Then I begin to ask myself what is Turkish culture? What am I doing there? And at that time I used to think that Turkey’s cultural roles, identity, should only be a sort of an ultra-Occidentalism, there at the age of 32 I begin to read old Sufi allegorism, the whole classic texts of classic texts of Islamic mysticism, most of them are classical Persian texts, with an eye on Borges and Calvino whom they have taught me to look at literary texts as not as a sort of a structures which has metaphysical qualities, I have learned from Borges and Calvino to delete the very heavy religious way of classical Islamic text and try and see these texts as sort of geometrical shapes and metaphysical structures and allegories …
Orhan Pamuk: Parables full of literary games …
And paradox of course.
Orhan Pamuk: Yes. And then after the heavy influence of 19th century novel, Tolstoy, Dostoyevsky, Proust and Nabokov and Faulkner, Borges and Calvino opened a way to look at, a secular way of looking at classic Islamic heritage.
Yes, I mean it’s amazing the richness of the oriental material that you bring into especially The Black Book, I mean It’s overwhelming for a western reader, and one starts to ask oneself questions like in which languages have you read all these …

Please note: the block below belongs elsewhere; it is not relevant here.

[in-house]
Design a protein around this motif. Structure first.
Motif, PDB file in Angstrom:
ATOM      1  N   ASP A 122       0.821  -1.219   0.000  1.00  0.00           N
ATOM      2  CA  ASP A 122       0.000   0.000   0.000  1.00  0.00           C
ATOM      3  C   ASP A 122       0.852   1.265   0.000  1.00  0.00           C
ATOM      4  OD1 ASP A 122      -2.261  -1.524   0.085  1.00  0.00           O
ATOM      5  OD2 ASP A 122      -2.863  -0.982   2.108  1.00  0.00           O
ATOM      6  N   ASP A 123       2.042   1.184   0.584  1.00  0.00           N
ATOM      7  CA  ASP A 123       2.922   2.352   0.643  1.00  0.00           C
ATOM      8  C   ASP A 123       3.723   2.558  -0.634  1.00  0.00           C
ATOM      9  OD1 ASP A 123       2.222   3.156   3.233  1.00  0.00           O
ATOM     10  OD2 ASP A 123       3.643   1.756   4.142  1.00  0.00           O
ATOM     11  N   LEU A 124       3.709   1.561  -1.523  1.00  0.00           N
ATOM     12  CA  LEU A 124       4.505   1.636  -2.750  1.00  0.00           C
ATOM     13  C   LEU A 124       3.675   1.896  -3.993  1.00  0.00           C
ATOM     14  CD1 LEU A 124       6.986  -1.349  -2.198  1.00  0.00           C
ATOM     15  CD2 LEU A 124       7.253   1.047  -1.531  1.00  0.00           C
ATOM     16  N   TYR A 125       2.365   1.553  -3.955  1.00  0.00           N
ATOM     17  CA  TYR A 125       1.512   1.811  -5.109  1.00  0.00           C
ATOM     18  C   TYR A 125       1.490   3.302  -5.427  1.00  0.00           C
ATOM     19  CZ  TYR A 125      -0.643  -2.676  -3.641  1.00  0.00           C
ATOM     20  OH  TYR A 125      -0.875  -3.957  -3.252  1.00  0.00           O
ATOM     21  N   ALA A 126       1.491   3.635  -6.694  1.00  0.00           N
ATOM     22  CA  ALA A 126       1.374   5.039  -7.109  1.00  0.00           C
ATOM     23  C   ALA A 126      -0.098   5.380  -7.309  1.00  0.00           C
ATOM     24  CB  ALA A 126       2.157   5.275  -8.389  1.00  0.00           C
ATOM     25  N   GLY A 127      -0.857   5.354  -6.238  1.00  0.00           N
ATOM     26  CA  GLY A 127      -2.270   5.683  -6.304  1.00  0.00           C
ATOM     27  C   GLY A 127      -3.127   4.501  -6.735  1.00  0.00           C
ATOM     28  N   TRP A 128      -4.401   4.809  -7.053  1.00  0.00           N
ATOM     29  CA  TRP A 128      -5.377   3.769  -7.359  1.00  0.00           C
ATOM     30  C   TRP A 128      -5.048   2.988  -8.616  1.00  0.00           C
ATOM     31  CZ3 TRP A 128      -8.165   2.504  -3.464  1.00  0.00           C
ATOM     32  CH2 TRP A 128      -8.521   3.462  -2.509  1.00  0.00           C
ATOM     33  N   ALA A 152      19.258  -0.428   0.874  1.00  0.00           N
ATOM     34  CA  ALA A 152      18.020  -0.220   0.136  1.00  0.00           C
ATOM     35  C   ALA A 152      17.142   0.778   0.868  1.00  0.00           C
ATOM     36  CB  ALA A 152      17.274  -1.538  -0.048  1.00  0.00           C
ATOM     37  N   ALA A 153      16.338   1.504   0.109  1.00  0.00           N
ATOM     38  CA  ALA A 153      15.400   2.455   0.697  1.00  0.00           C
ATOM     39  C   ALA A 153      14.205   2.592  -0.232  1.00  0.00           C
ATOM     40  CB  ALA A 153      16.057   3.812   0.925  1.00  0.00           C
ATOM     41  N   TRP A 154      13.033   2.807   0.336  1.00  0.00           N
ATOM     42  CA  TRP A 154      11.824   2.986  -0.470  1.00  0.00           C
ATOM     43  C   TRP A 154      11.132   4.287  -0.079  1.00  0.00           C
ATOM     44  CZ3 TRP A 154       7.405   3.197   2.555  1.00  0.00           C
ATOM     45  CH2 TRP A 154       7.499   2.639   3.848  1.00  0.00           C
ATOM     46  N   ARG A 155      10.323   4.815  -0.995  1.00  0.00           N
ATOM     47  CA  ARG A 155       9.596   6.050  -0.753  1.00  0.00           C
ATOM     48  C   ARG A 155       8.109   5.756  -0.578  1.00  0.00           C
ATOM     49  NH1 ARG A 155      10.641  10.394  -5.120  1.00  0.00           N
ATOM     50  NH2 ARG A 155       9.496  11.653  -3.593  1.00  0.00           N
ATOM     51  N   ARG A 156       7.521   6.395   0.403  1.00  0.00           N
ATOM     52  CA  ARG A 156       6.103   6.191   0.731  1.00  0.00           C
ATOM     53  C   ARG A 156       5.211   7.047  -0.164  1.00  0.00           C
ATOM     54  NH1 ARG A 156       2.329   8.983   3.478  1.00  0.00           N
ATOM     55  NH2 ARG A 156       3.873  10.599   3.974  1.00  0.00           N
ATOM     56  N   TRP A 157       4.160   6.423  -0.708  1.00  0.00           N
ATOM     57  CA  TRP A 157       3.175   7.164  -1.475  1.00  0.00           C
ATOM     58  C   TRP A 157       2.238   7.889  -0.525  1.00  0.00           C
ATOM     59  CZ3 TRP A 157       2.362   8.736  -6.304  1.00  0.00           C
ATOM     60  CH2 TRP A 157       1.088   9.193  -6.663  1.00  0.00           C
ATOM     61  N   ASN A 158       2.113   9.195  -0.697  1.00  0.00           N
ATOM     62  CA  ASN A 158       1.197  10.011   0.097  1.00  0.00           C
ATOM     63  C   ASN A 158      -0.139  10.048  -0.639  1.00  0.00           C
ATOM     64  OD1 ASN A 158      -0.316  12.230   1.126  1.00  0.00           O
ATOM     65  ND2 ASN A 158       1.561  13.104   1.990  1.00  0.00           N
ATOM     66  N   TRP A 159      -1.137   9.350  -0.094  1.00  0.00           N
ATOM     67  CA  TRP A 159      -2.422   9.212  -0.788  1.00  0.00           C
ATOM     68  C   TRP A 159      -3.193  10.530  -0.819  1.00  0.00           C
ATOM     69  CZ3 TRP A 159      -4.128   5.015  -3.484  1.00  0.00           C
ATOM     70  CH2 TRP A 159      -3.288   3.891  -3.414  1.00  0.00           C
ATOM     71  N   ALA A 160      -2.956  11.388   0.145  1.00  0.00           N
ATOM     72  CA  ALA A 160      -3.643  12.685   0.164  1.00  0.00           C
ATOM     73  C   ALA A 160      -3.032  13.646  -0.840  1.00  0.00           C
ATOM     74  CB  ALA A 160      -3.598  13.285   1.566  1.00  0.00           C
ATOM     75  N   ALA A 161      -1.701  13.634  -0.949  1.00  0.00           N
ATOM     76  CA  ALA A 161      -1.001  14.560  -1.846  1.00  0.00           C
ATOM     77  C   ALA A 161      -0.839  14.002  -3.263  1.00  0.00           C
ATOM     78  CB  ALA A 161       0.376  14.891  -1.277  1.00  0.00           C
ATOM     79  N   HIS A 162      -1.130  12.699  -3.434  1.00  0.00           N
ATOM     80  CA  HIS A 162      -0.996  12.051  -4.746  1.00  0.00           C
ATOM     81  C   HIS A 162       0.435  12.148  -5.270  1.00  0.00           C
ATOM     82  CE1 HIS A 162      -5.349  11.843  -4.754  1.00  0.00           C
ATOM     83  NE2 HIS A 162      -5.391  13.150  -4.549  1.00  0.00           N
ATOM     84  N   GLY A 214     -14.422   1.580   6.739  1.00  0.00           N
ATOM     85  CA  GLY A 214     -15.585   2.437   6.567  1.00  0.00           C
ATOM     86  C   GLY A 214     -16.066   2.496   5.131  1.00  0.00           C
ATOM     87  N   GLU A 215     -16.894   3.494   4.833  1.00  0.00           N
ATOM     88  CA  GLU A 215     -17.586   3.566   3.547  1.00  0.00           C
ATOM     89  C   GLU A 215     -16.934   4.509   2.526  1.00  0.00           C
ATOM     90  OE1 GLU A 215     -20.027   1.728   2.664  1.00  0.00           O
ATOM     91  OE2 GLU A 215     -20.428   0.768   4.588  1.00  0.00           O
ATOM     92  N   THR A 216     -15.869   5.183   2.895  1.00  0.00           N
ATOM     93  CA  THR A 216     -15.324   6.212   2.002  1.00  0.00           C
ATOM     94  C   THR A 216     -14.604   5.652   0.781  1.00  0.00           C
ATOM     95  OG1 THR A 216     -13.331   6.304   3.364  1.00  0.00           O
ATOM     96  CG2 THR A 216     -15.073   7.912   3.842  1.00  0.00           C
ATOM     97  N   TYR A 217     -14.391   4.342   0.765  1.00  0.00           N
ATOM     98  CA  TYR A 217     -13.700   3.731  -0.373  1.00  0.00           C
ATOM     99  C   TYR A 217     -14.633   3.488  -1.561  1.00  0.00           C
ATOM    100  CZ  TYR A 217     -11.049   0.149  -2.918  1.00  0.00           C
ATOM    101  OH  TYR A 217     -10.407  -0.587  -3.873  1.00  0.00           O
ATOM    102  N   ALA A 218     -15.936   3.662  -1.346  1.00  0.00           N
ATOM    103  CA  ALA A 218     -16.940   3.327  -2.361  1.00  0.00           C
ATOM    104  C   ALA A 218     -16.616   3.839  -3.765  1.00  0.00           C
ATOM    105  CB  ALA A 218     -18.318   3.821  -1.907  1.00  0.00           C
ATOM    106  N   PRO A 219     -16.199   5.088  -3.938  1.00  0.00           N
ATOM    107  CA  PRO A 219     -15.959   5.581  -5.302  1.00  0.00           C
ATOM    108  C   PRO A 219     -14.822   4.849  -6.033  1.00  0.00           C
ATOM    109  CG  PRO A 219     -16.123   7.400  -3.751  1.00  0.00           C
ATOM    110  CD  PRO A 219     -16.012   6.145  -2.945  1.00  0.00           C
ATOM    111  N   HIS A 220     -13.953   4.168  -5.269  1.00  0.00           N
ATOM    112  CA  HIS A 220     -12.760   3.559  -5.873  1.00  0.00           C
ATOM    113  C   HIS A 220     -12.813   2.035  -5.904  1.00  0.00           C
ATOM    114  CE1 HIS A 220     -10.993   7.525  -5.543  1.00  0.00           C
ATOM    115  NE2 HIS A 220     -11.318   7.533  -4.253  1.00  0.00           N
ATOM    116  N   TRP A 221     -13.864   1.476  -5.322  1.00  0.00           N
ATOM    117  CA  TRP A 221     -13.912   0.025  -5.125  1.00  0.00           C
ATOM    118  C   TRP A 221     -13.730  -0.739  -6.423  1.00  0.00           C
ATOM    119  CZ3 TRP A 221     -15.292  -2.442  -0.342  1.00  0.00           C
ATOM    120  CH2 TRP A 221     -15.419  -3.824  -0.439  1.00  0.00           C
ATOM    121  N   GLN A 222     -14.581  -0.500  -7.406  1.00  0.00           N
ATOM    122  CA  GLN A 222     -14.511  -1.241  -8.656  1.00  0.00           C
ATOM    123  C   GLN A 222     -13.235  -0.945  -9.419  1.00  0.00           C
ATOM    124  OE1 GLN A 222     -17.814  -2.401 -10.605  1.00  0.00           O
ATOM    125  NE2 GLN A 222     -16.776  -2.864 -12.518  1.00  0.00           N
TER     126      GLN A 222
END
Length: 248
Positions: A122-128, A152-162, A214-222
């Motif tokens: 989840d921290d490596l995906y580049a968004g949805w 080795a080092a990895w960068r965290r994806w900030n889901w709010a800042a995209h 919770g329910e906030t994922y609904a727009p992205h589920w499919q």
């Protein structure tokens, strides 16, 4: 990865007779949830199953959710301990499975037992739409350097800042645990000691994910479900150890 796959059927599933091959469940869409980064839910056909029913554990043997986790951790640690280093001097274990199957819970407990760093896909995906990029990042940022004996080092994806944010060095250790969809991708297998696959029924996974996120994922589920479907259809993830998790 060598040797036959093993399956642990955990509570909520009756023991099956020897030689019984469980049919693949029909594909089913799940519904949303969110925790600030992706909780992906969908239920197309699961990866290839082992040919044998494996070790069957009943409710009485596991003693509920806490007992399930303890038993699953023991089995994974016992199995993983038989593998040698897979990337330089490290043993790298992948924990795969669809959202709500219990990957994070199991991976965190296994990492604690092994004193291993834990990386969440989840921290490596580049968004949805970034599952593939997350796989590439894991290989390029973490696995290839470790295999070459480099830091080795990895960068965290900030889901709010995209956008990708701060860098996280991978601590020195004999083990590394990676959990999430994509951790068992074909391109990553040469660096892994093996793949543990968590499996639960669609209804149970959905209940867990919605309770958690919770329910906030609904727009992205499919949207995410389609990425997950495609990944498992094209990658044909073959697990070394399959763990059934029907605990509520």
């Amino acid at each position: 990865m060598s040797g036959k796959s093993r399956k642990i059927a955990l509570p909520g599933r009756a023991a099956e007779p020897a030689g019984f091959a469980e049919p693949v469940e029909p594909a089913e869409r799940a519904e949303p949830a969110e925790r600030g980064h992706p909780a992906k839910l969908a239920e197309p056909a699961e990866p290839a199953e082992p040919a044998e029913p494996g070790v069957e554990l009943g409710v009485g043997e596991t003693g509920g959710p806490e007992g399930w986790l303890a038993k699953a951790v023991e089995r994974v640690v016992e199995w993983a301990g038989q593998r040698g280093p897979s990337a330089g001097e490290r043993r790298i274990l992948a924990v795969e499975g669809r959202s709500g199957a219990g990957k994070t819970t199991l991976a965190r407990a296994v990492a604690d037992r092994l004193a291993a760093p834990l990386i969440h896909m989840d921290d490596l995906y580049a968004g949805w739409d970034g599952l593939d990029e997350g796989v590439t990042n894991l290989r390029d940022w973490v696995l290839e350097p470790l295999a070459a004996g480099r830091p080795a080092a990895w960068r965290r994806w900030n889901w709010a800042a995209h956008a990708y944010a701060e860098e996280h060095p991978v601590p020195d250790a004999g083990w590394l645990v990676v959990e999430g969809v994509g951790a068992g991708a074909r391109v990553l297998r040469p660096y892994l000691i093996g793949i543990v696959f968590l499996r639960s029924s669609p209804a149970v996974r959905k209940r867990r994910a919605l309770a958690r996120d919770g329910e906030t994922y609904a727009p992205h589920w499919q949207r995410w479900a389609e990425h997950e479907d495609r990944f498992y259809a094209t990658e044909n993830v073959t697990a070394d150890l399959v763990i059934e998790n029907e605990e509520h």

Orhan Pamuk: Oh, most of them I have read ironically enough, of course in Turkish, and in English and I’m heavily indebted to a Turkish translation of /- – -/ which was very well translated to Turkish, but /- – -/ translation even the /- – -/ edition was a sort of an inspiring encyclopaedia of medieval Islamic culture with all its glory, with all its rhetoric and literary games that I was now my desire to say to the rest of the world, to the western, great western writers, you know, there is also some literary material here. I think that all the questions of literary heritage, identity, most of the time are answered by these people who are heavily influenced by the international style, international avant garde so to speak.
It’s true that more than once when you read The White Castle and The Black Book you think of Calvino for instance, Le città invisibili, Invisible Cities which I suppose you must have liked, but still there’s a lot of it that is very unexpected to the western reader and it has to do of course with the Sufi tradition and also where the writing’s are roomy, especially.